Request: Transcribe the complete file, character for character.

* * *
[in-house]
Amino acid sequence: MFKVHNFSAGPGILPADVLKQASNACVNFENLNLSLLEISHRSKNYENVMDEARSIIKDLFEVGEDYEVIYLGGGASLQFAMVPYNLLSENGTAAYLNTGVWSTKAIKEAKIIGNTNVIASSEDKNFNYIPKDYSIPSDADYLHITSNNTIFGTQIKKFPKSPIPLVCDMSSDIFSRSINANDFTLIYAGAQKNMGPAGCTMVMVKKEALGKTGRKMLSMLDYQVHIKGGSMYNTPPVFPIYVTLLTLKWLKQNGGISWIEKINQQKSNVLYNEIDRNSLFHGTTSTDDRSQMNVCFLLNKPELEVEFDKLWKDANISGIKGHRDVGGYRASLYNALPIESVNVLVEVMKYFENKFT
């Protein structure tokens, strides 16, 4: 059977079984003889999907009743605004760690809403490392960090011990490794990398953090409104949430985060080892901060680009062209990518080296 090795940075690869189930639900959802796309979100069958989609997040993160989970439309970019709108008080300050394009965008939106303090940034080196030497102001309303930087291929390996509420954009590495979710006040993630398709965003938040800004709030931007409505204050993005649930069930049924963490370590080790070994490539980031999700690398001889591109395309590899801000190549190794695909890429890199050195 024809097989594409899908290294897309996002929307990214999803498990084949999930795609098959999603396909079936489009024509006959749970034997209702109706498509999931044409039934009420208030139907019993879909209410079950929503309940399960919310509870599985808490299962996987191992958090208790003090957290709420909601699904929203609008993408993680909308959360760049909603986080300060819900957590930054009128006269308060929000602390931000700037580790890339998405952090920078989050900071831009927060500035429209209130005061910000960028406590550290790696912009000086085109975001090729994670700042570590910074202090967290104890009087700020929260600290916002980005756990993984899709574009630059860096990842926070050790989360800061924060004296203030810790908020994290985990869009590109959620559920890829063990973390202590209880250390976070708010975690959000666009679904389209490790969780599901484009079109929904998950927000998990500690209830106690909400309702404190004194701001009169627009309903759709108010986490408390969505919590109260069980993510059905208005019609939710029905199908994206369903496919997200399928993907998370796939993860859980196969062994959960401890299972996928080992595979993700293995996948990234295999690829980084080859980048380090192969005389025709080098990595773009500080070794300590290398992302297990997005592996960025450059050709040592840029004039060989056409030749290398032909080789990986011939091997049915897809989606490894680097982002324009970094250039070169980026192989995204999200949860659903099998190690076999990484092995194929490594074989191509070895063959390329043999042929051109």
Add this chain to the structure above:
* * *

[in-house]
Amino acid sequence: MFKVHNFSAGPGILPADVLKQASNACVNFENLNLSLLEISHRSKNYENVMDEARSIIKDLFEVGEDYEVIYLGGGASLQFAMVPYNLLSENGTAAYLNTGVWSTKAIKEAKIIGNTNVIASSEDKNFNYIPKDYSIPSDADYLHITSNNTIFGTQIKKFPKSPIPLVCDMSSDIFSRSINANDFTLIYAGAQKNMGPAGCTMVMVKKEALGKTGRKMLSMLDYQVHIKGGSMYNTPPVFPIYVTLLTLKWLKQNGGISWIEKINQQKSNVLYNEIDRNSLFHGTTSTDDRSQMNVCFLLNKPELEVEFDKLWKDANISGIKGHRDVGGYRASLYNALPIESVNVLVEVMKYFENKFT
């Protein structure tokens, strides 16, 4: 059977079984003889999907009743605004760690809403490392960090011990490794990398953090409104949430985060080892901060680009062209990518080296 090795940075690869189930639900959802796309979100069958989609997040993160989970439309970019709108008080300050394009965008939106303090940034080196030497102001309303930087291929390996509420954009590495979710006040993630398709965003938040800004709030931007409505204050993005649930069930049924963490370590080790070994490539980031999700690398001889591109395309590899801000190549190794695909890429890199050195 024809097989594409899908290294897309996002929307990214999803498990084949999930795609098959999603396909079936489009024509006959749970034997209702109706498509999931044409039934009420208030139907019993879909209410079950929503309940399960919310509870599985808490299962996987191992958090208790003090957290709420909601699904929203609008993408993680909308959360760049909603986080300060819900957590930054009128006269308060929000602390931000700037580790890339998405952090920078989050900071831009927060500035429209209130005061910000960028406590550290790696912009000086085109975001090729994670700042570590910074202090967290104890009087700020929260600290916002980005756990993984899709574009630059860096990842926070050790989360800061924060004296203030810790908020994290985990869009590109959620559920890829063990973390202590209880250390976070708010975690959000666009679904389209490790969780599901484009079109929904998950927000998990500690209830106690909400309702404190004194701001009169627009309903759709108010986490408390969505919590109260069980993510059905208005019609939710029905199908994206369903496919997200399928993907998370796939993860859980196969062994959960401890299972996928080992595979993700293995996948990234295999690829980084080859980048380090192969005389025709080098990595773009500080070794300590290398992302297990997005592996960025450059050709040592840029004039060989056409030749290398032909080789990986011939091997049915897809989606490894680097982002324009970094250039070169980026192989995204999200949860659903099998190690076999990484092995194929490594074989191509070895063959390329043999042929051109």
Add this chain to the structure above: